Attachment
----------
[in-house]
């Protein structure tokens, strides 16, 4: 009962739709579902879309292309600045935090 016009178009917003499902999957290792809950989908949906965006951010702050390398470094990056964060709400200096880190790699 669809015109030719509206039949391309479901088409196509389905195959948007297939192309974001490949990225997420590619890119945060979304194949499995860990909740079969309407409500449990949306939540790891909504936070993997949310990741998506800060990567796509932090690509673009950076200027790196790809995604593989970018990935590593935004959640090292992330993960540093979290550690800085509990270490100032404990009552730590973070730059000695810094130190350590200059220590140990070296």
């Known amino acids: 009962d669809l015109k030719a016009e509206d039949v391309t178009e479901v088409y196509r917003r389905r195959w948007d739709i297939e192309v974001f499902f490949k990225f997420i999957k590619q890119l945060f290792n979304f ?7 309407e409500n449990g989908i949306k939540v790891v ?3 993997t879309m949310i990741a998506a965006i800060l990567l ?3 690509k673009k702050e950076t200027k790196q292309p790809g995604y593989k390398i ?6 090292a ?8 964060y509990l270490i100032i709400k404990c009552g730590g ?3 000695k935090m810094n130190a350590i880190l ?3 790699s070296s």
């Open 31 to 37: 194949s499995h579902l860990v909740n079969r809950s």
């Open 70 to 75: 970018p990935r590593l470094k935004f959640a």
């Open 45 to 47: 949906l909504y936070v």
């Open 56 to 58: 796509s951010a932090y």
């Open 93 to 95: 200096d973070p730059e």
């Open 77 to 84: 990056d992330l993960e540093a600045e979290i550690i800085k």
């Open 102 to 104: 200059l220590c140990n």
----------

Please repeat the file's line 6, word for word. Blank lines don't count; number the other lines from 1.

């Open 45 to 47: 949906l909504y936070v």